12 hours 32 minutes.
That is approximately how much of my life I recently devoted to watching Stan Lee and his heroic creations this past May 5th – which I so eloquently dubbed – ‘Cinco de Marvel’.
The M3 (Marvel Movie Marathon) event was suggested by my personal NBFF – and Thor fanatic – Hot Nerd Girl.
Technically though, credit must be given to the AMC movie theater chain which created the promotion as a lead-in for the release of the new Avengers movie.
For the low low price of $40, AMC assembled The Incredible Hulk (Norton style), Iron Man, Iron Man 2, Thor, Captain America and a midnight release showing of some sort of new superhero movie called The Avengers by some guy named Joss Whedon. (I hope I didn’t lay that sarcasm on TOO thick.)
HNG and I agreed an event like this could have the potential to measure at a magnitude of incredible geeky proportions. Unfortunately, being that it took place on a Thursday, we decided to do the ‘in-home’ version at HNG’s secret lair on a Saturday in order to allow other friends to partake in the grandiose of it all.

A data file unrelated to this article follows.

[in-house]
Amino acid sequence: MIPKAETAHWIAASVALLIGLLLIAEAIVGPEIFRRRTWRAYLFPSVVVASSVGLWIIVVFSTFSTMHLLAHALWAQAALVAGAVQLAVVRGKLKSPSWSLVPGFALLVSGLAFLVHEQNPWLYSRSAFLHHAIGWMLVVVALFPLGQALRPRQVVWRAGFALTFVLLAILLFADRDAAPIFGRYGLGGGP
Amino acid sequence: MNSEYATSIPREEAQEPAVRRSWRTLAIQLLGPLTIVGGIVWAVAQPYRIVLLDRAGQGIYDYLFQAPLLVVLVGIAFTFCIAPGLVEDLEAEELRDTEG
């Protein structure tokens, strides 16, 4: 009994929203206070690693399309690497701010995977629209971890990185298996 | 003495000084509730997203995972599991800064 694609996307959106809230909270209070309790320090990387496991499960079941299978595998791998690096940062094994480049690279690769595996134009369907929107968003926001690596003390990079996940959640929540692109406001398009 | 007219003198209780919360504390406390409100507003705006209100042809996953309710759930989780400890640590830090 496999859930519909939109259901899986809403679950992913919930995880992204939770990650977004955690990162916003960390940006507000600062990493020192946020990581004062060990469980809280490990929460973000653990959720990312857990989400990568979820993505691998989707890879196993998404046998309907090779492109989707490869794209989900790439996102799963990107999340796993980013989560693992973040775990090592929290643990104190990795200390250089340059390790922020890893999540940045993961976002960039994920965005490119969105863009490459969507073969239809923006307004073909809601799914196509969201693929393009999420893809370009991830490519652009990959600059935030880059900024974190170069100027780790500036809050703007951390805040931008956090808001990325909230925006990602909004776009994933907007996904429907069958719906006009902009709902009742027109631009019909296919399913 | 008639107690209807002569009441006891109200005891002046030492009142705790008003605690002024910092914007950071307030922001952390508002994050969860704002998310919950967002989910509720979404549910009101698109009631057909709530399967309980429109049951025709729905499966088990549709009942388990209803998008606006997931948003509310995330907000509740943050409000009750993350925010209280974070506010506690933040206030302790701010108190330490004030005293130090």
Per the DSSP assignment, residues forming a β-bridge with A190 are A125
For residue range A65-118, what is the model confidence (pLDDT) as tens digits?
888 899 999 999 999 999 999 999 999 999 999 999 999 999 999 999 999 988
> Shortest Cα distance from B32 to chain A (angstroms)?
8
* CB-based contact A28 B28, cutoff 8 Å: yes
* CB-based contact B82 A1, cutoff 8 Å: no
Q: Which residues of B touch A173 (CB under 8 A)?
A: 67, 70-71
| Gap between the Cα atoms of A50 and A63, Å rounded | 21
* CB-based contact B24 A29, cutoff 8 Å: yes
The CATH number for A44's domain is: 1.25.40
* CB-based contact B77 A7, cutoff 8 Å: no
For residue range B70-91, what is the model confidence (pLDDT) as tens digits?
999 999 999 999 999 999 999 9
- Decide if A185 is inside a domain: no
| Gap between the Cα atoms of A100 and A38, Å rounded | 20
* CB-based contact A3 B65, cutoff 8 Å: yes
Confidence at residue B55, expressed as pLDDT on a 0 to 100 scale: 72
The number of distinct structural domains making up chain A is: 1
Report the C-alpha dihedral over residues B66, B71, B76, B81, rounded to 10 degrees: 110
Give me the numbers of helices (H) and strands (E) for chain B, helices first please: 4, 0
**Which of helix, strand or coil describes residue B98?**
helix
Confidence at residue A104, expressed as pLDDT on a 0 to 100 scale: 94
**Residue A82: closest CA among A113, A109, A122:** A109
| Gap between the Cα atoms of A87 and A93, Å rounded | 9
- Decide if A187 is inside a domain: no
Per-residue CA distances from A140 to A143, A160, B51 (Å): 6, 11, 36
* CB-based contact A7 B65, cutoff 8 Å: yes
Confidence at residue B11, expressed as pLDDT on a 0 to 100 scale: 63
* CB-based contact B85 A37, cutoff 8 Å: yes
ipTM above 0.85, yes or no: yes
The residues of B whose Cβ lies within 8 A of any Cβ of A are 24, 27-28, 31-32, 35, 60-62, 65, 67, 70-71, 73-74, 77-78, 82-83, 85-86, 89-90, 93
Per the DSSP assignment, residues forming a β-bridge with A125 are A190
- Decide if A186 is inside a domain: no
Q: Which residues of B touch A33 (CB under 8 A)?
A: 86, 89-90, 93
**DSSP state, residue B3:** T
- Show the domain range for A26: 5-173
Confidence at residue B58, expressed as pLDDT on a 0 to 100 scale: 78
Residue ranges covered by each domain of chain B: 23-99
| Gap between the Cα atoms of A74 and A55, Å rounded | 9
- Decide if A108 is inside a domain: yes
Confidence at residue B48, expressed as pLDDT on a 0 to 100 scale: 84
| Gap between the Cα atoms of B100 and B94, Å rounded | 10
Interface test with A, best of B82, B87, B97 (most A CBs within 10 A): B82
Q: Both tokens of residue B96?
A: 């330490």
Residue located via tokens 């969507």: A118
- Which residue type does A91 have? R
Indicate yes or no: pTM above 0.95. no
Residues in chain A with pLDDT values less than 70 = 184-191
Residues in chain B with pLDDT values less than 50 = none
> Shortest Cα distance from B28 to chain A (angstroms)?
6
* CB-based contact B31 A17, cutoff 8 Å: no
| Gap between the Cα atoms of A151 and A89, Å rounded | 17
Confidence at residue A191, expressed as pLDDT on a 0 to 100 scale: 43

As per Murphy’s Law, absolutely no one else showed up to her abode either, so it just ended up being HNG and myself. Nonetheless, I had zero complaints as it allowed me to stretch out on her extremely comfortable furniture and drain my bladder at a moment’s notice (in her bathroom of course).
Since most of you have undoubtedly seen all of the above mentioned Marvel movies, I’m going to skip right to the meat and sweet potatoes – they are healthier than regular potatoes and I like them better – and get to The Avengers.
In all honesty, I could really write the review with just one word:
Honestly, I’m pretty sure that’s not even a word, but I had to come up with something creative to express just how much fun this movie is.
Mind you, this is coming from a geek that has a limited knowledge-base on The Avengers from a comic-book standpoint. I was an avid Spider-Man and Daredevil comic reader growing up, so I’m not going to pretend to try and compare the accuracies between this and the comic story lines.